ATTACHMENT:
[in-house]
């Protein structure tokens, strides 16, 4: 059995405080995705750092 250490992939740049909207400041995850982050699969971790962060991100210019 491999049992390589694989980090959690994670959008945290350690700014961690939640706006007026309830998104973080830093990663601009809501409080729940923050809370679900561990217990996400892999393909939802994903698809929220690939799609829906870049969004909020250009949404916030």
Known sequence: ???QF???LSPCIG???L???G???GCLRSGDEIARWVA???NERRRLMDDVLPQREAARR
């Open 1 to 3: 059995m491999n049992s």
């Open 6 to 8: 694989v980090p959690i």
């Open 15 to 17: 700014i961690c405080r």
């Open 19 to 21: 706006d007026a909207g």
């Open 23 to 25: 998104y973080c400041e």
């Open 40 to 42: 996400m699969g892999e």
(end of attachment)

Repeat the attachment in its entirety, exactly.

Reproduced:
[in-house]
């Protein structure tokens, strides 16, 4: 059995405080995705750092 250490992939740049909207400041995850982050699969971790962060991100210019 491999049992390589694989980090959690994670959008945290350690700014961690939640706006007026309830998104973080830093990663601009809501409080729940923050809370679900561990217990996400892999393909939802994903698809929220690939799609829906870049969004909020250009949404916030």
Known sequence: ???QF???LSPCIG???L???G???GCLRSGDEIARWVA???NERRRLMDDVLPQREAARR
């Open 1 to 3: 059995m491999n049992s």
């Open 6 to 8: 694989v980090p959690i």
């Open 15 to 17: 700014i961690c405080r």
């Open 19 to 21: 706006d007026a909207g």
């Open 23 to 25: 998104y973080c400041e």
């Open 40 to 42: 996400m699969g892999e």